would have $242 billion less to hire and pay workers, to purchase
equipment, and to expand businesses.
However, raising or
eliminating the payroll tax cap would ultimately affect many more
people, such as small-business owners' families, employees,
and customers. Policymakers should keep this fact in mind when
proponents of raising or eliminating the payroll tax cap say
that it would just make the rich pay their "fair share" for Social
Security. In reality, it would affect far more Americans of
all economic classes.
Norbert J. Michel,
Ph.D., is a Policy Analyst, J. Scott Moody is a
Senior Policy Analyst, and Ralph A. Rector,
Ph.D., is a Research Fellow and Project Manager in the
Center for Data Analysis at The Heritage Foundation.
Methodology for Business Statistics
The estimates in this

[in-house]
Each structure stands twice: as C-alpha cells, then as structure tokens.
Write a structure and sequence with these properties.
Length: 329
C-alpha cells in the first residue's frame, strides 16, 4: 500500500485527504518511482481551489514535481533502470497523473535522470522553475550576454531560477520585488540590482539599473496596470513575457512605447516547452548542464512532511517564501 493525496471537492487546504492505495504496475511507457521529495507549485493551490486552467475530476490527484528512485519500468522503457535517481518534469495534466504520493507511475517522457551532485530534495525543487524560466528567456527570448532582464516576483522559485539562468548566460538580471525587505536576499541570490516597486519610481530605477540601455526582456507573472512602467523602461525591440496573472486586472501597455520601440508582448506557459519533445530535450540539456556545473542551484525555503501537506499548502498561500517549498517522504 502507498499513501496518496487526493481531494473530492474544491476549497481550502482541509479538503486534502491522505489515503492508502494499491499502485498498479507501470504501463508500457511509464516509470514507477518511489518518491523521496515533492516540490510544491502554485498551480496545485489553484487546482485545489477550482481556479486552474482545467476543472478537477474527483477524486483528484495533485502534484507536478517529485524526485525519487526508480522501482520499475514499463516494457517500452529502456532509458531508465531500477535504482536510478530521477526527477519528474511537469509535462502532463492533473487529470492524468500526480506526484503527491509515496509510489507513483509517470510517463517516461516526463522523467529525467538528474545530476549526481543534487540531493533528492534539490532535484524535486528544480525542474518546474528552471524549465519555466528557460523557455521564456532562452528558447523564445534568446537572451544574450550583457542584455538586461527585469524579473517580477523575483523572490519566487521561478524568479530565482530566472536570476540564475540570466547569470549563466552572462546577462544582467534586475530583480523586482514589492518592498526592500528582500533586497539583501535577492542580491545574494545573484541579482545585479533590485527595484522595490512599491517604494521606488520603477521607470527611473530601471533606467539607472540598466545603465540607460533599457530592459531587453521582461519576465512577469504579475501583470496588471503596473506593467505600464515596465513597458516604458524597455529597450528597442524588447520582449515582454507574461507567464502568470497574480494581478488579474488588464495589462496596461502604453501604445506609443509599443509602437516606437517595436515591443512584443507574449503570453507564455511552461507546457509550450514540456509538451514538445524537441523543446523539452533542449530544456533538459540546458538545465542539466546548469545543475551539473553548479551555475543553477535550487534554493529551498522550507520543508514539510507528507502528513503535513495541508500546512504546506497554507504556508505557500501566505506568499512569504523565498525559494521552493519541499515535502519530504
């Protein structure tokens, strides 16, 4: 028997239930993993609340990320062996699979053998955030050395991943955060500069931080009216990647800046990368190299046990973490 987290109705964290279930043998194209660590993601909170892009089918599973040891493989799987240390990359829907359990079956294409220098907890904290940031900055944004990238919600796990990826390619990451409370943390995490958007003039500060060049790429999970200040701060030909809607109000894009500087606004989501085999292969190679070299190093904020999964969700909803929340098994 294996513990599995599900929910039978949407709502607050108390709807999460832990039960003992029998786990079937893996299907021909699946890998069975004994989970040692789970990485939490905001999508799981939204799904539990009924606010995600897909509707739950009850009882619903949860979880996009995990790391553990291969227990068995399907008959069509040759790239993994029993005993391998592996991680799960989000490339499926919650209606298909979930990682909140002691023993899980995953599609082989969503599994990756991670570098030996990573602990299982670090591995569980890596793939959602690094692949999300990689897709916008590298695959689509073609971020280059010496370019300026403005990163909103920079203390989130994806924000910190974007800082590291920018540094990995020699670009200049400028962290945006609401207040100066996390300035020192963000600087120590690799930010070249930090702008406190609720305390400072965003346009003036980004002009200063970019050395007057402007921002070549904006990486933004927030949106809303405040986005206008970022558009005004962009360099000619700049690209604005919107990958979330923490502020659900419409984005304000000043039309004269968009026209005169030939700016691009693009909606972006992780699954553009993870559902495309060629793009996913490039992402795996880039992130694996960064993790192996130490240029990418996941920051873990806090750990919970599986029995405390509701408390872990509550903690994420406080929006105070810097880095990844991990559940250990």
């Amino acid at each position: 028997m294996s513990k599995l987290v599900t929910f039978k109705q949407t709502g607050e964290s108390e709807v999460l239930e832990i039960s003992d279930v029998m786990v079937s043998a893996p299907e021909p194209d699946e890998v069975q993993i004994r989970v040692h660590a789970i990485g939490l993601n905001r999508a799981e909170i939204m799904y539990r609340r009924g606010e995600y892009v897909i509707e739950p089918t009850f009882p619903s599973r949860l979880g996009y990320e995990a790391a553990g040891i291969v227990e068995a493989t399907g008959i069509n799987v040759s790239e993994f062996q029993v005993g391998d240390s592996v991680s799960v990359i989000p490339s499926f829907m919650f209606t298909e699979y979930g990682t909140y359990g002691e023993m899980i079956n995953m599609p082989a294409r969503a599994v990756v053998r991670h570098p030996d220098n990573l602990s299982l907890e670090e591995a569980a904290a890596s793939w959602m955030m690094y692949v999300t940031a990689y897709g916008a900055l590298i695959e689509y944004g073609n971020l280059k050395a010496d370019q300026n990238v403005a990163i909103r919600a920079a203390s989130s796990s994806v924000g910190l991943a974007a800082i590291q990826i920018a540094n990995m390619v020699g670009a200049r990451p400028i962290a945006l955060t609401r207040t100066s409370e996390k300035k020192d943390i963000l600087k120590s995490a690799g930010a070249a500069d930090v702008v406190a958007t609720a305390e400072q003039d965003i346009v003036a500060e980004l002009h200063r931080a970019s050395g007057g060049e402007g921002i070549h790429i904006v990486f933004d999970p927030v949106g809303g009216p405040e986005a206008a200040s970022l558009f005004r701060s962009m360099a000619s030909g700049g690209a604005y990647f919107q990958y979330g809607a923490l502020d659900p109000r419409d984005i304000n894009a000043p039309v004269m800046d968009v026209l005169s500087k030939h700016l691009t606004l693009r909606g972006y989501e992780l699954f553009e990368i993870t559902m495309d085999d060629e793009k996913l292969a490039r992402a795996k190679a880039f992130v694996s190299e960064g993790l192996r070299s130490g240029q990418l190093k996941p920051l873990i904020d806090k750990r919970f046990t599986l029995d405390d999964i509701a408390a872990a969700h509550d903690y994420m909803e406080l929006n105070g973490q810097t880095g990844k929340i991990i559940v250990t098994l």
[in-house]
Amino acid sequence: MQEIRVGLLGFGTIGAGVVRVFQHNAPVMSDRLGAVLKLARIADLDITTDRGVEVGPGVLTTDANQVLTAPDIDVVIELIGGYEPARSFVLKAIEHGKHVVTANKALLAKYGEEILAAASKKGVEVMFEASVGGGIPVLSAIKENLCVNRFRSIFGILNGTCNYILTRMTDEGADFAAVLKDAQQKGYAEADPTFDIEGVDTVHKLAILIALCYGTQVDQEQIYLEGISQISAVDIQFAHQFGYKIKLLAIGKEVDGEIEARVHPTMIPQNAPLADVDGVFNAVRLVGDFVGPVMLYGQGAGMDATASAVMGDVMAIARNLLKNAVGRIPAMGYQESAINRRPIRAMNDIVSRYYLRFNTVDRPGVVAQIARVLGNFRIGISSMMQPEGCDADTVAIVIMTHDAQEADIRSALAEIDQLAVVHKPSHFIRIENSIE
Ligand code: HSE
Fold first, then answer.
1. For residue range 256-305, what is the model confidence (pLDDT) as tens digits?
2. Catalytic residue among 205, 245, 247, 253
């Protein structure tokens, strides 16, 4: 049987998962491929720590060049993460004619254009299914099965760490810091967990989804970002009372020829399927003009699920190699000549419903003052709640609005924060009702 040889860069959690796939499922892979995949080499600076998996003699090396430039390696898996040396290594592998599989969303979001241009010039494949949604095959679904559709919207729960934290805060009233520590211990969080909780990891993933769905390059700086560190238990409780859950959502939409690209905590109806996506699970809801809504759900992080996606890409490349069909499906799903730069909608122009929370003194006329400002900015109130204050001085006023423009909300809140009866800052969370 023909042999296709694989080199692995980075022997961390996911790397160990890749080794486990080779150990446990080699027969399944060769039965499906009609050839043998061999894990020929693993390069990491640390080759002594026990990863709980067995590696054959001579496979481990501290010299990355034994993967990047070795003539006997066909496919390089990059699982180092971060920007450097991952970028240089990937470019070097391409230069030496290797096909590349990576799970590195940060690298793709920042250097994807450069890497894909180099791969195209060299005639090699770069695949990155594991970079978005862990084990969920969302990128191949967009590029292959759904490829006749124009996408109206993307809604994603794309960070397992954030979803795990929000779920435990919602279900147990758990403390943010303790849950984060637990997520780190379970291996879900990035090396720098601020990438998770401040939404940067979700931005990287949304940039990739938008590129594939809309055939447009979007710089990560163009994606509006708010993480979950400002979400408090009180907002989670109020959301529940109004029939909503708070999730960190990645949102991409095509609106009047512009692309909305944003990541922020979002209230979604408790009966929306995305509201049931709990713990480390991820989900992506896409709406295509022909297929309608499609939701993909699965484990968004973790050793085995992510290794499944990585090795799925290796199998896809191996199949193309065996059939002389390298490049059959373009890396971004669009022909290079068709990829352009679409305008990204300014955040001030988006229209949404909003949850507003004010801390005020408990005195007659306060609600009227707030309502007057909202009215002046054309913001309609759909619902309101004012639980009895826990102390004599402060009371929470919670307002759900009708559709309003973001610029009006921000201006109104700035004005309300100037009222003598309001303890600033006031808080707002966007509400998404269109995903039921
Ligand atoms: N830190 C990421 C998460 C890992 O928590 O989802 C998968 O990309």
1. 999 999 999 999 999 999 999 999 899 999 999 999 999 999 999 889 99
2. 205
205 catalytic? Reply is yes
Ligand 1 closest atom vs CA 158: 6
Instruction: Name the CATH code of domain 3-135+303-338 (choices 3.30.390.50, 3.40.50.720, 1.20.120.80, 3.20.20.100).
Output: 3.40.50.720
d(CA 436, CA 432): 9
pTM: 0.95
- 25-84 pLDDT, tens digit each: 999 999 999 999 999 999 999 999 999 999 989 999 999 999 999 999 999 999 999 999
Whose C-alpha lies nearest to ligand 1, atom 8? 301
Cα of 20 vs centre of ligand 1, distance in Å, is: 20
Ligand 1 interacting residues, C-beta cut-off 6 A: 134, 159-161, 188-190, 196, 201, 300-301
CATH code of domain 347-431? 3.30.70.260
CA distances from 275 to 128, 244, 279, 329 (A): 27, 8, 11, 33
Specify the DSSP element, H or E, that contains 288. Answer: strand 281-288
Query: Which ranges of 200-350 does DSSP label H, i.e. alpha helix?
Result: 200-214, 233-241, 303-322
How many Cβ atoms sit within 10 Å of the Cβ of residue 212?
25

paper were calculated using The Heritage Foundation's
microsimulation tax model. To estimate the year-to-year change in
federal payroll tax revenue, the model simulates the effect of
tax law changes on a representative sample of taxpayers. Data for
these taxpayers were extrapolated or "aged" to reflect
detailed taxpayer characteristics through 2014. The data were
aged so that they were consistent with the August 2004
Congressional Budget Office baseline forecast and extensions
of President George W. Bush's tax cuts. For purposes of
this analysis, the microsimulation produced conventional revenue
The starting point for the
estimates was small-business owners that file a Schedule C form
with the Internal Revenue Service and report net business
incomes greater than zero. Heritage Foundation analysts
calculated the percentages of these Schedule C filers' interest
expense, depreciation expense, and wage and salaries expense
accounted for by Schedule C filers that report salaries, wages, and
self-employment income greater than $90,000. The analysts assumed
that the percentages of Schedule C interest, depreciation, and
employee costs accounted for by this group of tax filers were
similar to the corresponding proportions for other
small-business entities. As a result, the overall category of
"small-business owners" includes all taxpayers that file a Schedule
C, Schedule E, or Schedule F with a net positive